One could certainly make the case that everyone, especially girls, should be gaming instead of Facebook, etc. The bottom line is that games are not as bad as people once thought, but social media might be even worse for human development than previously thought.

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6. Can video games help with stress or anxiety? Why or why not?

Yes, if done correctly. There is growing evidence that video games may actually be “prescribed” by some doctors in place of taking pills. Why take pills three times a day when you can play a specifically prescribed video game three times a day? The basic idea is that when we interact with video games, or anything for that matter, we are changing the way our synapses connect brain cells. Essentially, we are changing the way the brain is wired through repeated behaviors.  Therapists work to get us to repeat desirable healthy behaviors, but video games may be able to help out a little too.

7. Do you believe video game addiction should be considered a mental illness?

I am not sure. Maybe, but not because it causes violence. It may be associated with procrastination and lost opportunities for other meaningful social and physical engagement (See below).

8. How do video games stimulate the brain to make them more addicting?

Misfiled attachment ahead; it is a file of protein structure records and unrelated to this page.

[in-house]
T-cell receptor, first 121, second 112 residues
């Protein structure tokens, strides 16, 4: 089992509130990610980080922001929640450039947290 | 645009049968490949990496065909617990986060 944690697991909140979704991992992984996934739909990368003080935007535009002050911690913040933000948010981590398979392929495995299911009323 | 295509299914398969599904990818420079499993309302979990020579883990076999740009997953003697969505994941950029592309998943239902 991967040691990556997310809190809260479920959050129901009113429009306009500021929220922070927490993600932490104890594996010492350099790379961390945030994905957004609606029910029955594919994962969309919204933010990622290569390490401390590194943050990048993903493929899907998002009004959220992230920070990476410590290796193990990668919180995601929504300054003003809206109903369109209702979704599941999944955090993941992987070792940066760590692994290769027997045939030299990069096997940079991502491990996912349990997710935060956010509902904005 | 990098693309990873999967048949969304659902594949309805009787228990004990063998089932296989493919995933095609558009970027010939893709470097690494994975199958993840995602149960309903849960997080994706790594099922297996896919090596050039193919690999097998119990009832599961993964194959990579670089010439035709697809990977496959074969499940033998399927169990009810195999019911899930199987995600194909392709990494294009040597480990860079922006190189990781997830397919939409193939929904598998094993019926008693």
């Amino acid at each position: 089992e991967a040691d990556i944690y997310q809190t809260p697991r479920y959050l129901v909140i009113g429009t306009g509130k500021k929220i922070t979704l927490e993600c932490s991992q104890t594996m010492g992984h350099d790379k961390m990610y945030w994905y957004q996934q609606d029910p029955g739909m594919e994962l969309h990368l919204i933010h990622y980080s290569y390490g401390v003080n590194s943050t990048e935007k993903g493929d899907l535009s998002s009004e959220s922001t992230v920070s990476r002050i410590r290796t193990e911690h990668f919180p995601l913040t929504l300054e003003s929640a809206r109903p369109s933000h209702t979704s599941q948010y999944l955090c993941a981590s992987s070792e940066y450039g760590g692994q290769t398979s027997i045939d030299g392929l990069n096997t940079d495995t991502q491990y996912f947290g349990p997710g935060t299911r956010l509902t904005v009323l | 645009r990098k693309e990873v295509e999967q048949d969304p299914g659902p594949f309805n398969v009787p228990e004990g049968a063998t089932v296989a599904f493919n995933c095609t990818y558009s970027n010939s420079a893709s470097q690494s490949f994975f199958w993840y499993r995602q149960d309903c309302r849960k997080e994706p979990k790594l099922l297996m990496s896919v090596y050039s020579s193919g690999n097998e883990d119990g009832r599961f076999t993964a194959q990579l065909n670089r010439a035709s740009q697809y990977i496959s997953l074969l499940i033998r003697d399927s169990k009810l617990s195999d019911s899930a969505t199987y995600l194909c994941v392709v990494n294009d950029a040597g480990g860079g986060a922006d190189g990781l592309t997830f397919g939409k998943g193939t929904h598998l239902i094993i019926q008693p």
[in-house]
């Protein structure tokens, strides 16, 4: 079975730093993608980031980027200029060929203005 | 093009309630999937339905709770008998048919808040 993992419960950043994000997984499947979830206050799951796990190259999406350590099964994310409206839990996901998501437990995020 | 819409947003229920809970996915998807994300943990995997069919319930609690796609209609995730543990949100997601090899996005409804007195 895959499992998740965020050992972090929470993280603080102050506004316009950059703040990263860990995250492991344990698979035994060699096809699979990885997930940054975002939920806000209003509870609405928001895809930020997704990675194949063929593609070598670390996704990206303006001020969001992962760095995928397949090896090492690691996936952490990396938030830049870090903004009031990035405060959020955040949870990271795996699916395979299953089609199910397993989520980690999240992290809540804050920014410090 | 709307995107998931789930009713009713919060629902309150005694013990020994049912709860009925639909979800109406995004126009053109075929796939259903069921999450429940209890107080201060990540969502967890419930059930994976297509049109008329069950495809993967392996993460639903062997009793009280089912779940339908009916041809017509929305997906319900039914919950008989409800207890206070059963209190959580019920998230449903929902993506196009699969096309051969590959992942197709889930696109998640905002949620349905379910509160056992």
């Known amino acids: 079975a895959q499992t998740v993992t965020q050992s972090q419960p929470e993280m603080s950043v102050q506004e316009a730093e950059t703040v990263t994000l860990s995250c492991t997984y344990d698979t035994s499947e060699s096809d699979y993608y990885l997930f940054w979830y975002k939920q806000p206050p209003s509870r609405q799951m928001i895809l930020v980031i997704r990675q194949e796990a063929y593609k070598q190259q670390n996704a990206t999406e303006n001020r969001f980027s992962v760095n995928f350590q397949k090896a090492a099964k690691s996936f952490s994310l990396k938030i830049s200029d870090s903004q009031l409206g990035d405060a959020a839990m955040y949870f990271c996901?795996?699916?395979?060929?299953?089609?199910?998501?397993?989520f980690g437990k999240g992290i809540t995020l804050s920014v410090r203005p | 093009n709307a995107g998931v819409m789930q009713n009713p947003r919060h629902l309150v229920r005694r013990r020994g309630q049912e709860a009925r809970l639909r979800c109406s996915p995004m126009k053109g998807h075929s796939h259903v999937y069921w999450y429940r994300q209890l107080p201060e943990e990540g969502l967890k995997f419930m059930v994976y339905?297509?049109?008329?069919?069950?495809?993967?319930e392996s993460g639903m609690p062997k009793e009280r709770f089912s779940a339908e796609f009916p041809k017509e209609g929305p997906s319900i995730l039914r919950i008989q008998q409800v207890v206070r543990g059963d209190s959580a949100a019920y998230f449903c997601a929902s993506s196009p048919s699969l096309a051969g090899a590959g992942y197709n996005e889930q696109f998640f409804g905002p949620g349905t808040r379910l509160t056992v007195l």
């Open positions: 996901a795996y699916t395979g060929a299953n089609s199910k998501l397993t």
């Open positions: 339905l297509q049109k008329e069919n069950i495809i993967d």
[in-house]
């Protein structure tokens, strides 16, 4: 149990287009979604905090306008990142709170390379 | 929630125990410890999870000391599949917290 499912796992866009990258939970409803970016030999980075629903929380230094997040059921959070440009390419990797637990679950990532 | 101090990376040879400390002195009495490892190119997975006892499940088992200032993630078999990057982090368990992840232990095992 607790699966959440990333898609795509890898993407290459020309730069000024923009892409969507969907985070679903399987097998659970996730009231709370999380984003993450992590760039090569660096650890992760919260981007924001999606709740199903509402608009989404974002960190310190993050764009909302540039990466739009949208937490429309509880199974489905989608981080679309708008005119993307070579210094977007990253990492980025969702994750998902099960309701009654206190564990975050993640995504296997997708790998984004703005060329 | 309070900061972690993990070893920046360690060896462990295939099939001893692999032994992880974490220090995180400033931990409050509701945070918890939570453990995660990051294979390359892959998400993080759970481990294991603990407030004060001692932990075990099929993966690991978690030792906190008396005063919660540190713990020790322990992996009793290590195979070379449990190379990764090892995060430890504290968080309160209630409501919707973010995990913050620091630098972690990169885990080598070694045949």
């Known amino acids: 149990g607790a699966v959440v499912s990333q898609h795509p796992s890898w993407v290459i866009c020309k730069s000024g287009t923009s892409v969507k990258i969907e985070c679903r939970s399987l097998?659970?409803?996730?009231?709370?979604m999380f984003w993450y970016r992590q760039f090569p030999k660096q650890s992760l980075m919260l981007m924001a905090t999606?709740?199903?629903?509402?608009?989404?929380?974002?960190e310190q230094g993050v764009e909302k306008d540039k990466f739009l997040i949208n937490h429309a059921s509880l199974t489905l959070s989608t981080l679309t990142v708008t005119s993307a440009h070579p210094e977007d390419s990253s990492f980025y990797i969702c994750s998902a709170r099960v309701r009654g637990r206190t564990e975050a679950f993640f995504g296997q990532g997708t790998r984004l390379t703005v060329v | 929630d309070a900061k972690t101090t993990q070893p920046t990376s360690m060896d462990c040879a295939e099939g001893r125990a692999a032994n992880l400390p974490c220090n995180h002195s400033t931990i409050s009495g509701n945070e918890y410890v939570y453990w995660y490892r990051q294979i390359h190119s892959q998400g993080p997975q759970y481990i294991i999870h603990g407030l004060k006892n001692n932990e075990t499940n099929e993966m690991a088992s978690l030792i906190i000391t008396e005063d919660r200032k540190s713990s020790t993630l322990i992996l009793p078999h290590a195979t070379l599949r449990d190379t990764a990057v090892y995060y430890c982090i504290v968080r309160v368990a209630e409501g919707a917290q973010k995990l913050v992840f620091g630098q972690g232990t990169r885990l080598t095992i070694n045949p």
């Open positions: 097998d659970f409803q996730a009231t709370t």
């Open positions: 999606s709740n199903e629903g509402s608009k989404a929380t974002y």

For some people, but not all, video games stimulate reward centers in the brain much the same way that gambling, drugs, love, and chocolate do. As is the case with gambling and chocolate, there is a lot of individual variation in how people engage with video games. Most people can enjoy a friendly wager, a bag of Reese’s Pieces candy, or a moderate amount of gaming without it interfering with overall health and the ability to live life in a normal happy way. However, there is growing evidence that social media use and gaming are close to meeting diagnostic criteria for addiction in a number of people.  If it interferes with your quality of life or your ability to live life normally on a daily basis, it may be an addition. This does not suggest, however, that gaming causes violence–the issue here is that gaming may be detracting from other important parts of life because of the time commitment.

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9. Do you believe video games can be used as a coping mechanism?

Are we talking about coping in a good way or in a bad way? I do see games as a crutch for some people (this is not good). If a person has a great deal of anxiety or depression they may use gaming as an escape from reality. This form of procrastination is a way of avoiding real anxiety and depression that might need to be addressed. From this perspective, it serves the same purpose as substance abuse.

10. Do you believe those with an unstable mindset or a mental illness are more susceptible to increased aggression or violent tendencies?

Broadly speaking, mental illness is not linked with aggression or violence. As with most behaviors, I think the specific diagnostic category of mental illness is important. For example, someone who has obsessive compulsive disorder (a type of anxiety disorder) will not likely show more aggressive tendencies than anyone else. However, if someone is diagnosed with a conduct disorder or antisocial personality disorder they could likely show more issues with aggression, violence, frustration, conflict, and confrontation.